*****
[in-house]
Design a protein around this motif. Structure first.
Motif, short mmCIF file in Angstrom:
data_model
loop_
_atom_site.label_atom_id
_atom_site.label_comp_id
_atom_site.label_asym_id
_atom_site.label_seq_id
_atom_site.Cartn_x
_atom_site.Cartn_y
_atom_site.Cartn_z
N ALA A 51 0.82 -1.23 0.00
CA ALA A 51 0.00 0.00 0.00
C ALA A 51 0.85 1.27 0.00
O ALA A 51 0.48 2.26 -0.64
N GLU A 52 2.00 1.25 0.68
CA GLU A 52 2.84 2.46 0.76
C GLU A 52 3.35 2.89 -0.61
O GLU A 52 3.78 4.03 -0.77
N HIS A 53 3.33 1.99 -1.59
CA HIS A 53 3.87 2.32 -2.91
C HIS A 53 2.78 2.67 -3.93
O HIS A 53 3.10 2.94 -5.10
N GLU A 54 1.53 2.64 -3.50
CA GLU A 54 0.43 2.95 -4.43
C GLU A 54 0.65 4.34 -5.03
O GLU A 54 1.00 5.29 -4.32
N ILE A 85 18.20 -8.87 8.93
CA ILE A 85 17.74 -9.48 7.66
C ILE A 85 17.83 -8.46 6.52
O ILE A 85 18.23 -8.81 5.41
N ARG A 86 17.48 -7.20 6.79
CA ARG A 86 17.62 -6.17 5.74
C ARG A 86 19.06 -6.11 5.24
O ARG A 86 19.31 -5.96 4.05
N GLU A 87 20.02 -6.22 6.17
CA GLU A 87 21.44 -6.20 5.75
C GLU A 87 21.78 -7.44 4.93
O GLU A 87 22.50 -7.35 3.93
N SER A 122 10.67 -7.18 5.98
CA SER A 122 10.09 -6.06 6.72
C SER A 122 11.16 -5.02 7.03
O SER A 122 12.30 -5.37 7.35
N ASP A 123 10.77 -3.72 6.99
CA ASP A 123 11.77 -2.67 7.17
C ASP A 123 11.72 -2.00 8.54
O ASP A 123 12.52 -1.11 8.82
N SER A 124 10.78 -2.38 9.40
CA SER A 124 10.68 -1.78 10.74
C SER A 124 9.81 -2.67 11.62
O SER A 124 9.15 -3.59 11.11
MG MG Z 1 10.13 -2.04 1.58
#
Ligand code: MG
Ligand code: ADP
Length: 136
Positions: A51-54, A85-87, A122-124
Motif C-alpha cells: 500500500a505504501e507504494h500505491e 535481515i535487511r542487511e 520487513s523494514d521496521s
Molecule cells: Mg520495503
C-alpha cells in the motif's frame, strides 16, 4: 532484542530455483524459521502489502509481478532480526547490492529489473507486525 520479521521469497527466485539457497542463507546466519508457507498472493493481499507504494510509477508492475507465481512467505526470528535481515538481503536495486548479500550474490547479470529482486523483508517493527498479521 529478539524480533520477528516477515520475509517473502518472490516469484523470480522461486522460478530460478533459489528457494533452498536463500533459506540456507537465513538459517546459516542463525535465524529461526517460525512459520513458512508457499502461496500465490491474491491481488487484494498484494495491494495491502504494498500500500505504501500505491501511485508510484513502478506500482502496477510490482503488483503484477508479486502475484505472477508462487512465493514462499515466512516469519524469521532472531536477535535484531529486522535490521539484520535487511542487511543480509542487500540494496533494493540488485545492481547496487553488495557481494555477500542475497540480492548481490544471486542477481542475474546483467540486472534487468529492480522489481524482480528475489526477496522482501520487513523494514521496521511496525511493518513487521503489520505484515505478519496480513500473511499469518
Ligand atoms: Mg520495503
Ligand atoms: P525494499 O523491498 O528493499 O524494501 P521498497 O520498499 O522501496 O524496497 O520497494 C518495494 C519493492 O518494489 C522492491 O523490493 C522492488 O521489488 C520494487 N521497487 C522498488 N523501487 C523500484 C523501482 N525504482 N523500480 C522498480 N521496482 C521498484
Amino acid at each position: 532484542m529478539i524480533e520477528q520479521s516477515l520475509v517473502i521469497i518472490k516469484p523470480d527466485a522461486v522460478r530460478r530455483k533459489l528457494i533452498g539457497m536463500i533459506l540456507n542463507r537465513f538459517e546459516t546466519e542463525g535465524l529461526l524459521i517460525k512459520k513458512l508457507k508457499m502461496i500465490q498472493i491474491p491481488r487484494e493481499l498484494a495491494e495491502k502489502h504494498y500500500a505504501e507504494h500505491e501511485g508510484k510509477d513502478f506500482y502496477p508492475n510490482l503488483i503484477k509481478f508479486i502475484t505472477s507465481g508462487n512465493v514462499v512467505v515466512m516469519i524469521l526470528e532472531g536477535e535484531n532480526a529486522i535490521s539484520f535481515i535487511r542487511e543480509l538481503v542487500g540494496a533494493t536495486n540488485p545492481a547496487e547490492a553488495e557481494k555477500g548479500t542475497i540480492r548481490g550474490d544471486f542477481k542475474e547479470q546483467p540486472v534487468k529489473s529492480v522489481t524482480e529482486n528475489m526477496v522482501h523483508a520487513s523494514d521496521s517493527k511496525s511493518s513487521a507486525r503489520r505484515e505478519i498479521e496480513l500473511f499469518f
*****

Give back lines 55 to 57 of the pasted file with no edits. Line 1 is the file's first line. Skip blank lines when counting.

Ligand code: MG
Ligand code: ADP
Length: 136